I was wrong.  Very wrong.  The Phillies were approaching what seemed to be a real roster crunch as Spring Training was ending and the club had to find room for bench players Brock Stassi and Daniel Nava.  Time and time again, I though the Phillies would simply release right-handed reliever Luis Garcia.  Instead, the Phillies got Baltimore to take on Alec Asher, and Garcia reported to Triple-A.  After joining the Phillies, Garcia has pitched very well.  Could Garcia be the trade candidate no one is speaking of?

At first, it seemed like a mistake that Asher would be given away.  But with the Orioles in 2017, Asher was 2-5 with a 5.53 earned run average and now finds himself pitching for the Triple-A Norfolk Tides.  As for Garcia, he had a minor league option remaining and began the season at Triple-A Lehigh Valley, where Garcia even started a game and had a 5.79 earned run average after four appearances.  After a disastrous start from the likes of left-handed pitchers Adam Morgan and Joely Rodriguez, Garcia joined the Major League club for what seemed like the hundredth time.  But this time it has been good.

Now 35 games later, Garcia is 1-1 with a 2.35 earned run average.  Slowly, Garcia has been moving further and further back in the Phillies bullpen.   As Joaquin Benoit and Hector Neris continue to struggle, the Phillies took a different approach on Sunday.  With a three-run lead, manager Pete Mackanin called on Garcia to come into the ninth inning for the save.  10 pitches later, the Phillies completed a series win against the Milwaukee Brewers and Garcia picked up his first save in 2017.

Garcia's only really poor outing came on June 7 against the Atlanta Braves.  You may remember this game as the game that Andres Blanco pitched.  Blanco relieved Garcia, who had to that point given up four runs in a mop-up role.   Blanco allowed a fifth to score, to make it five earned runs for Garcia.   Since that day, Garcia has allowed just one earned run; in fact, the last 18 games in which Garcia have appeared for the Phillies have been scoreless.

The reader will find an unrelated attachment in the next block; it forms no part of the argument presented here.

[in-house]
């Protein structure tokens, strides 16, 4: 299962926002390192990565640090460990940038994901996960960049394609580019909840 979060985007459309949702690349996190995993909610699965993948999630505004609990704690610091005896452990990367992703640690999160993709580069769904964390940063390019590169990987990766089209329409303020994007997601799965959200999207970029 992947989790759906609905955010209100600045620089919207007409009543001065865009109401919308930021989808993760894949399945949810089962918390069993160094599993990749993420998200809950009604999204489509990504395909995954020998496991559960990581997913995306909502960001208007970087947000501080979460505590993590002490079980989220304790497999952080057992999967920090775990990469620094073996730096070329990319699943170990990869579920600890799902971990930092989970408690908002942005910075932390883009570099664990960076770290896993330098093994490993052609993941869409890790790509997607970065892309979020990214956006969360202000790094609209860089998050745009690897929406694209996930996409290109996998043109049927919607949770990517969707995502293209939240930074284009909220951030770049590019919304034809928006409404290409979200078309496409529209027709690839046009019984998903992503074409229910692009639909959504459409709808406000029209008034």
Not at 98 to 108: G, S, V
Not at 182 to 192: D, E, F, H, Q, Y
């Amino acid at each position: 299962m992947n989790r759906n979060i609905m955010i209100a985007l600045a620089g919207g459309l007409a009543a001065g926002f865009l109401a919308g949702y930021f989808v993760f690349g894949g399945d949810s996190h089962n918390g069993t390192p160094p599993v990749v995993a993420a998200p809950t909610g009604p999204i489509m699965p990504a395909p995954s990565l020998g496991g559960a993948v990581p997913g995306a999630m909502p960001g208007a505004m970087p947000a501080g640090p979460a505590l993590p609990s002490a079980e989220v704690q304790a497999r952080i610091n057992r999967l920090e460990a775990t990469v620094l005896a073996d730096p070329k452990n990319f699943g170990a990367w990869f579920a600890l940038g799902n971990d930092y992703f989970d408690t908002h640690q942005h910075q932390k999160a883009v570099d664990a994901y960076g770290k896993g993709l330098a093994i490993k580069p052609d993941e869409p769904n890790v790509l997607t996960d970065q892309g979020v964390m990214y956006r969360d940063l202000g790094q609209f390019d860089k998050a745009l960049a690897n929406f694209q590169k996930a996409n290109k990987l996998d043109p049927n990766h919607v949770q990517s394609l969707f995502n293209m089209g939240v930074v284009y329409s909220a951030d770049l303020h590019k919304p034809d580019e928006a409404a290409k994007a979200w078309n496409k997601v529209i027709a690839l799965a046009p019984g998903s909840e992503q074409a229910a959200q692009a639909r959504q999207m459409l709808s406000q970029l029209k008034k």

Garcia's story is a good one.  After playing five seasons in the Los Angeles Dodgers and Washington Nationals systems, Garcia left baseball and was cutting hair in Morristown, New Jersey, when he scored a tryout with the Phillies.   Garcia quickly rose through the Phillies system and made his Major League debut in 2013.

Trading Garcia now might make a good amount of sense.  While Garcia is indeed having one of the best stretches of his career and remains under club control for three more seasons if they keep him, there are two factors that could make this a good time to make a move.

First, Garcia is now 30 years old.  Garcia may be doing really well now, but you just cannot beat Mother Nature.  Garcia's body clock may not allow him to continue this pace going forward, even under the club's control.

Second, Garcia is out of minor league options.   The Phillies will not be able to send Garcia to the minor leagues in the future if necessary.  That was one point that made Garcia attractive to the Phillies, keeping him around for the 2017 season.  Of course, Garcia has pitched well and has stayed with the big league club.

While reliever Pat Neshek is getting all the trade attention, Garcia could help a club not willing to pay the price for Neshek, which may net the Phillies a pretty penny.   But for a club who cannot afford to take on salaries or give up a top prospect, Garcia may be a reasonable piece to bolster a club's bullpen.   If not, Garcia might just find himself the Phillies closer the rest of the way.